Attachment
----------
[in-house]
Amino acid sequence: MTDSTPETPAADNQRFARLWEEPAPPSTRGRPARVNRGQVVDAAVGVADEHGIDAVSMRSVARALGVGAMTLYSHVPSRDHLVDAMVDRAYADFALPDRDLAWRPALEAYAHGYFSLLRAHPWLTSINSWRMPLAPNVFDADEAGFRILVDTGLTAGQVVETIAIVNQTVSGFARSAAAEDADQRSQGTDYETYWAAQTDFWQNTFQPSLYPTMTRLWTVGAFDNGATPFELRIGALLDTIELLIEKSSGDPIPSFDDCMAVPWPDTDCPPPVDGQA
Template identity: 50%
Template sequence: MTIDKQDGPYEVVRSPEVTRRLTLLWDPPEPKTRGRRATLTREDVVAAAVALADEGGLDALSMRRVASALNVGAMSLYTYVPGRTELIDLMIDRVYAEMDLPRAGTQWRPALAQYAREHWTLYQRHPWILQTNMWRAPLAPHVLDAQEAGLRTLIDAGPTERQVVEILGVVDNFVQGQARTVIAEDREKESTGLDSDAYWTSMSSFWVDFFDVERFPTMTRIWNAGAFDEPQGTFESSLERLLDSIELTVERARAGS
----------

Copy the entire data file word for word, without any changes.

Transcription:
[in-house]
Amino acid sequence: MTDSTPETPAADNQRFARLWEEPAPPSTRGRPARVNRGQVVDAAVGVADEHGIDAVSMRSVARALGVGAMTLYSHVPSRDHLVDAMVDRAYADFALPDRDLAWRPALEAYAHGYFSLLRAHPWLTSINSWRMPLAPNVFDADEAGFRILVDTGLTAGQVVETIAIVNQTVSGFARSAAAEDADQRSQGTDYETYWAAQTDFWQNTFQPSLYPTMTRLWTVGAFDNGATPFELRIGALLDTIELLIEKSSGDPIPSFDDCMAVPWPDTDCPPPVDGQA
Template identity: 50%
Template sequence: MTIDKQDGPYEVVRSPEVTRRLTLLWDPPEPKTRGRRATLTREDVVAAAVALADEGGLDALSMRRVASALNVGAMSLYTYVPGRTELIDLMIDRVYAEMDLPRAGTQWRPALAQYAREHWTLYQRHPWILQTNMWRAPLAPHVLDAQEAGLRTLIDAGPTERQVVEILGVVDNFVQGQARTVIAEDREKESTGLDSDAYWTSMSSFWVDFFDVERFPTMTRIWNAGAFDEPQGTFESSLERLLDSIELTVERARAGS